With heavy legs and a relatively mundane second period winding down, the Coyotes tried to send a message of the physical variety, but it wound up being a much-needed wake up call for the Blue Jackets.
Not long after Boone Jenner gave the home team a 3-2 lead with their second power play goal of the night, all hell broke loose after John Scott got involved with Scott Hartnell in front of the Columbus bench.
The Blue Jackets knew it wasn’t good news when Brandon Dubinsky had to be scratched from Friday night’s lineup about an hour before puck drop.
They now know how long they’ll be without one of their top players. Coach John Tortorella confirmed Saturday afternoon that Dubinsky has an elbow injury and will miss approximately 2-3 weeks of action, leaving a sizable hole at center in the Blue Jackets’ lineup.
Dubinsky is being placed on injured reserve during his absence, Tortorella said, giving the team an additional roster spot if it chooses to recall another player from Lake Erie (AHL).
“I’m not going to elaborate, but it’s an elbow injury and that’s as far as I’m going with it,” Tortorella said. “He’s played really well. It’s a guy that’s getting 20-plus during a game in all situations. Sure, we’re going to miss him, but it gives other guys opportunities."
PITTSBURGH – One of the glaring problems noticed by John Tortorella upon taking the job as head coach of the Blue Jackets was the number of goals the team had given up.
First period, second period, third period…it seemed to be a never-ending problem where every mistake was magnified and every turnover found its way into their net. The goaltender’s confidence was shaken, the forwards were gripping their sticks under a lot of pressure to keep up with the number of goals they were allowing, and from top to bottom, it wasn’t a good situation (never mind that they were 0-7).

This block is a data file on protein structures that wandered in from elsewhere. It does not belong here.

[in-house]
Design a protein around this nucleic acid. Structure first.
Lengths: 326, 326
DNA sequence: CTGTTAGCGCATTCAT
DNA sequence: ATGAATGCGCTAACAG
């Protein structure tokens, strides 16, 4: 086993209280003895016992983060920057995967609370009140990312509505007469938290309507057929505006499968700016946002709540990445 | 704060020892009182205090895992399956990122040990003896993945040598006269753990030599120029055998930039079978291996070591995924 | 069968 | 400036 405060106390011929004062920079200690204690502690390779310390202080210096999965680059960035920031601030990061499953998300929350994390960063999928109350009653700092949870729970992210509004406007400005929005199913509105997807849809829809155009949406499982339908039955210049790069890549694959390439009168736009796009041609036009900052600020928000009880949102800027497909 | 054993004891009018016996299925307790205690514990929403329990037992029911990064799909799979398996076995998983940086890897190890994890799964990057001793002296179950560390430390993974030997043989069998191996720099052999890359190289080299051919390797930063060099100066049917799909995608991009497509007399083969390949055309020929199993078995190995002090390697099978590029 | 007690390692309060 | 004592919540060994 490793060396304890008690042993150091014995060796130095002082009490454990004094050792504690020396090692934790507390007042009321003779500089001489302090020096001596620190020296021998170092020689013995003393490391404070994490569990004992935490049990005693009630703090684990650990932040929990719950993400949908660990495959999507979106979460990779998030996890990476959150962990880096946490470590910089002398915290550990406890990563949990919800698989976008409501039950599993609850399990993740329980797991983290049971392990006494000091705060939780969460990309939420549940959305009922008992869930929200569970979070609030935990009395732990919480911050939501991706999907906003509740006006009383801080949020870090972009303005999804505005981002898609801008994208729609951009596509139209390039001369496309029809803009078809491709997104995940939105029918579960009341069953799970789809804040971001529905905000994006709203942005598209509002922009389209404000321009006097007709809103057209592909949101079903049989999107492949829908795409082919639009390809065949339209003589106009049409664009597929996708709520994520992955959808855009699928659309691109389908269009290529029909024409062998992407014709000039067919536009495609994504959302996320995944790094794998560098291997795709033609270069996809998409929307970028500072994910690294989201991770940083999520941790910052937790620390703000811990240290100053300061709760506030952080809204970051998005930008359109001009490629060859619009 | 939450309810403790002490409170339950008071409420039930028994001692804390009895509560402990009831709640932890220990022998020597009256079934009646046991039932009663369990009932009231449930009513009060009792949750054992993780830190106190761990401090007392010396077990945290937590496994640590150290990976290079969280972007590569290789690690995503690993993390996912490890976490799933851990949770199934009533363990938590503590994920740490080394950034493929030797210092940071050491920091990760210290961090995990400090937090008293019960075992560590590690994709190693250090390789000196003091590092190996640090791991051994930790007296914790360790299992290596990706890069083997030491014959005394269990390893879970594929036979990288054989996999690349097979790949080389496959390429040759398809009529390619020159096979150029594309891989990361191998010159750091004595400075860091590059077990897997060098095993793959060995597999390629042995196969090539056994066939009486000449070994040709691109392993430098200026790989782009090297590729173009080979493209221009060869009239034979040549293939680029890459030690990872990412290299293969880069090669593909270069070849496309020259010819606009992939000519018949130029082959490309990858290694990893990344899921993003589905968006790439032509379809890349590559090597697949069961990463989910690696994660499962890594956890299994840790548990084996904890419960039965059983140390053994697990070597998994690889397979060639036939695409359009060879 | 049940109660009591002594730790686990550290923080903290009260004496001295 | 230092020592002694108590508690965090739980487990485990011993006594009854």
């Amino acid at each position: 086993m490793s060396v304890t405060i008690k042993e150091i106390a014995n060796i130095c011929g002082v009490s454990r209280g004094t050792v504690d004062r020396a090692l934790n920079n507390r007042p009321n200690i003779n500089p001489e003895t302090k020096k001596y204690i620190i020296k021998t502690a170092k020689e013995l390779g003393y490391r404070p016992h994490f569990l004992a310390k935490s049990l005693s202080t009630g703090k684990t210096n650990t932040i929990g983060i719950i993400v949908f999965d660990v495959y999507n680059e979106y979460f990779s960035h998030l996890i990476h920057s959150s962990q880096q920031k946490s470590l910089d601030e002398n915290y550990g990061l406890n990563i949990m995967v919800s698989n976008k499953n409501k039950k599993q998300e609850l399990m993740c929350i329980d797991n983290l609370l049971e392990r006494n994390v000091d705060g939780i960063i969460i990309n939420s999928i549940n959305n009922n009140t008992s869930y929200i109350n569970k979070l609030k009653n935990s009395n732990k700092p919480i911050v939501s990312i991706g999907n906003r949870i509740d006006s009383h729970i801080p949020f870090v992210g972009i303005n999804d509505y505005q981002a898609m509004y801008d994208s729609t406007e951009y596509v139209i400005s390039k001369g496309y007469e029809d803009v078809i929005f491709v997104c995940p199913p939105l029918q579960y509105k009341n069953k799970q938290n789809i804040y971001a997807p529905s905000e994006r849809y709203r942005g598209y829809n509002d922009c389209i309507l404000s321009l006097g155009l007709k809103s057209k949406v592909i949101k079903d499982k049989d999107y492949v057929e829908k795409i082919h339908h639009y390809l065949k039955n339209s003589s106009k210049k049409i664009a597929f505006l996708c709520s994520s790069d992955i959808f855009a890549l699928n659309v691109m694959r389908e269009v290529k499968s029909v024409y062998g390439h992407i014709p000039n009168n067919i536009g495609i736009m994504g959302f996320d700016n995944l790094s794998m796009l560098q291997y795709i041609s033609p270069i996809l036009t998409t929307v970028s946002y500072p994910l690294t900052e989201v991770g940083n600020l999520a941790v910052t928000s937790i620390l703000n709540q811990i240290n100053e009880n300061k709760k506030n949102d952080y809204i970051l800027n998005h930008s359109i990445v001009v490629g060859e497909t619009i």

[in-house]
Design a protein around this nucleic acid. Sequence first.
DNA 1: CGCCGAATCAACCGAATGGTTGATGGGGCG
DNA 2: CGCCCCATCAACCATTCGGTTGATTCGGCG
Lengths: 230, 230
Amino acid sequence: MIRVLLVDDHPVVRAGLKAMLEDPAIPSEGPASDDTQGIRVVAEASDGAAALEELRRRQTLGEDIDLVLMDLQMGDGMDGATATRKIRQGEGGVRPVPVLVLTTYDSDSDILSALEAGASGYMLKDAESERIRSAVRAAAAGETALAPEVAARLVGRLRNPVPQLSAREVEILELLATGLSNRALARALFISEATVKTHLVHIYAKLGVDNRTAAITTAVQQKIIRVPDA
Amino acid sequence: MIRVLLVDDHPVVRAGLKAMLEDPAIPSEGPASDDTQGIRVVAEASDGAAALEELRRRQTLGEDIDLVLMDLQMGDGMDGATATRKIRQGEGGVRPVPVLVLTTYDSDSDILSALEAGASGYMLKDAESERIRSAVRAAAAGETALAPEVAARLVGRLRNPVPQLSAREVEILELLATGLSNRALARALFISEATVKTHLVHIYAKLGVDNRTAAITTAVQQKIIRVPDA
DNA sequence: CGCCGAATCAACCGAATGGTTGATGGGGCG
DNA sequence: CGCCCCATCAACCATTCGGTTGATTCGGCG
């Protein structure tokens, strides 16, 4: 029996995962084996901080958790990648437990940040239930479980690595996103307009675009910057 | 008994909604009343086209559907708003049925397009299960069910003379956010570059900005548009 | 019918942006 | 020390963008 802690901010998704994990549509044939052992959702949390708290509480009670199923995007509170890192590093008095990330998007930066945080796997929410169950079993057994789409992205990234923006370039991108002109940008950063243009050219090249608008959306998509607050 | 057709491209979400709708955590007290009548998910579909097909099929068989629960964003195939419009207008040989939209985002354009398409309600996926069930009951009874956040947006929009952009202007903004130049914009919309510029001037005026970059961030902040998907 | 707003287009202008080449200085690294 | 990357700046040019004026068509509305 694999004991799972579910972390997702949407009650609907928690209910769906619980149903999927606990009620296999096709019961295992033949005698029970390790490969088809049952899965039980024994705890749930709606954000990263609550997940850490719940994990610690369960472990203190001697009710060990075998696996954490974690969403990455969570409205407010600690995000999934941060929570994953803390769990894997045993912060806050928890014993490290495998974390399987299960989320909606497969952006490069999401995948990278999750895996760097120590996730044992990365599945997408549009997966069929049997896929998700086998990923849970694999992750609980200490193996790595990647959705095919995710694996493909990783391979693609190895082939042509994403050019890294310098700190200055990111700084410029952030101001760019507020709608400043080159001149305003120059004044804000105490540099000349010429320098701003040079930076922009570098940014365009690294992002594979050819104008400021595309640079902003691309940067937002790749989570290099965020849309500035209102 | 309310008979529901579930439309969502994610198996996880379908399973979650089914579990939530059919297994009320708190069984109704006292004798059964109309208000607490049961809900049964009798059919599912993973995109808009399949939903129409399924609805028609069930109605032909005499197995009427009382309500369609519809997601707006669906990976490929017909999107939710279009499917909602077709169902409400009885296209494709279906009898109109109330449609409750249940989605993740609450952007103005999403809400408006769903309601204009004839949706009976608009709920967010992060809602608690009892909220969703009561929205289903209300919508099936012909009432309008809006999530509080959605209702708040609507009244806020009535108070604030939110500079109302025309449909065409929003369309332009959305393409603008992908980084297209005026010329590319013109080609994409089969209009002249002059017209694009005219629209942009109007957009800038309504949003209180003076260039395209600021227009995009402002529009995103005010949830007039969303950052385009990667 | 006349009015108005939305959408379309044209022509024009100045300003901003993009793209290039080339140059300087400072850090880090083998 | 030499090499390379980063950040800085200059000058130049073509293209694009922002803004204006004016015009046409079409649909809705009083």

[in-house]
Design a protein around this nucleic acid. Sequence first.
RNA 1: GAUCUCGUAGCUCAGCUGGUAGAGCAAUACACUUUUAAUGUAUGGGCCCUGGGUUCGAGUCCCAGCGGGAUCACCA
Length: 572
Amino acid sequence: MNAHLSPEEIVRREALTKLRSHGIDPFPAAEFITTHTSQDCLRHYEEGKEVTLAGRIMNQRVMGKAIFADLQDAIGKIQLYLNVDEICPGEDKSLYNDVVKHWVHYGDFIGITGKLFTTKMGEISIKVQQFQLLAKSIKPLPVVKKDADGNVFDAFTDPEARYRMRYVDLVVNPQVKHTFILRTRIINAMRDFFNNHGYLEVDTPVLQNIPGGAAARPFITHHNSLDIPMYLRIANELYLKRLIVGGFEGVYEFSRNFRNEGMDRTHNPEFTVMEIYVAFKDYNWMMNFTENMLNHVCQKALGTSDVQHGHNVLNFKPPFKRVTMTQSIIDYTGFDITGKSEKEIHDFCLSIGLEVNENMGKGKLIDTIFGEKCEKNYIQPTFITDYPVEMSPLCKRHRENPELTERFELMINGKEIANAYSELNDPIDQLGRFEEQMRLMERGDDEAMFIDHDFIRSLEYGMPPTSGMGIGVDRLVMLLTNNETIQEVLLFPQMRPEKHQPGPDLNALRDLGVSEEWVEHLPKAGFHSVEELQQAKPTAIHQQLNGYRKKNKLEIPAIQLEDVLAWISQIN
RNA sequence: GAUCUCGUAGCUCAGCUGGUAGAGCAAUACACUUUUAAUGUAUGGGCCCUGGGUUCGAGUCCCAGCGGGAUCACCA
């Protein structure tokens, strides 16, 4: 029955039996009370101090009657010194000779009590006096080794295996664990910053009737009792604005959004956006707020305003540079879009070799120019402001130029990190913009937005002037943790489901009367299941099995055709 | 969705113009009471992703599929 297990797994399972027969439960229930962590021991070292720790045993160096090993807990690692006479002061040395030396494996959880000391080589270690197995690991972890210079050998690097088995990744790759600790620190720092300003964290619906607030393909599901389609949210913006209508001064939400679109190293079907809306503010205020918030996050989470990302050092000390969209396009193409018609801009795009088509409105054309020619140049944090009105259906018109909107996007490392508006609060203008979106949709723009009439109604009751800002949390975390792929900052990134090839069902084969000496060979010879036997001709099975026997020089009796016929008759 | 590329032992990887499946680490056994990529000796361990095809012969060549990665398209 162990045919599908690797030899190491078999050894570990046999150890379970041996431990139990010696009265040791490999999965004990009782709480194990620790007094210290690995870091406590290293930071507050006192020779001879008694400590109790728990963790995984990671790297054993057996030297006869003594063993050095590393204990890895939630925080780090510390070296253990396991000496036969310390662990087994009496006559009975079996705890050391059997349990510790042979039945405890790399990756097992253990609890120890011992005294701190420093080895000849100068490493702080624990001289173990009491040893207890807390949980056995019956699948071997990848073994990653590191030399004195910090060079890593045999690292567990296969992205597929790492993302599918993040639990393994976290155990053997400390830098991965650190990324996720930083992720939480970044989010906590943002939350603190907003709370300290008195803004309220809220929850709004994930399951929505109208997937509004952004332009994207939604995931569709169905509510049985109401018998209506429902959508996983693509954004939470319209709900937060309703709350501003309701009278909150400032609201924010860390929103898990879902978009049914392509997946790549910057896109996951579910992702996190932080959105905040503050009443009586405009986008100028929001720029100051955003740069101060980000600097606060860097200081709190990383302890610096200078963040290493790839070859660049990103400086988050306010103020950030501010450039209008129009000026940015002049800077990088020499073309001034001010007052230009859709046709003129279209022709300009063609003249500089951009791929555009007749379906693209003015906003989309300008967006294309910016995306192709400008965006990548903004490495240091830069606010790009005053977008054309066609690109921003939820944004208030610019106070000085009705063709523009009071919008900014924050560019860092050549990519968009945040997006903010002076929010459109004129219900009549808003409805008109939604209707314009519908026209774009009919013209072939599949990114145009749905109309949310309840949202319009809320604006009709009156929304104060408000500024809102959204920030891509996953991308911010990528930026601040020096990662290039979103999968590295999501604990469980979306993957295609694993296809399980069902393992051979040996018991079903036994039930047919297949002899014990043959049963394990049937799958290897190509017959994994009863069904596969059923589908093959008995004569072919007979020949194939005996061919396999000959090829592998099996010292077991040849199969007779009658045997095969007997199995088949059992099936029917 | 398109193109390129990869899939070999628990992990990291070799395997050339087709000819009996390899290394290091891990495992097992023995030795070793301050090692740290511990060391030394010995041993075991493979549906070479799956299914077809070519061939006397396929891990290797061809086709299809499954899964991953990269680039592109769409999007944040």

In three weeks with Tortorella at the helm, the Blue Jackets have been noticeably better defensively. They cut down on their third-period goals against – the one blip being Tuesday’s loss to Vancouver, though that was largely self-inflicted – and have started to show signs of a team concept in their defensive zone.
Now, as they look to get back on track and climb the ladder, what they really need is for their top players to start producing.
In their 5-3 loss to Vancouver on Tuesday night, the Blue Jackets gave up as many third period goals (three) than they had in their first seven games under John Tortorella.
Their late-game collapse befuddled the coach, who didn’t really know what to say about their response to Cam Atkinson’s go-ahead shorthanded goal in the third period. The prevailing thought in today’s NHL is that the three-goal plateau is the magic number, but the Blue Jackets needed at least five to have a chance last night – which puts a lot of pressure on everyone.
So, in an effort to dust themselves off and forget about it (while also, in a way, remembering it…if that makes sense?), they were back to work yesterday at Nationwide Arena in a 37-minute practice filled with battle drills, net-front defending and a lot of vocal instruction.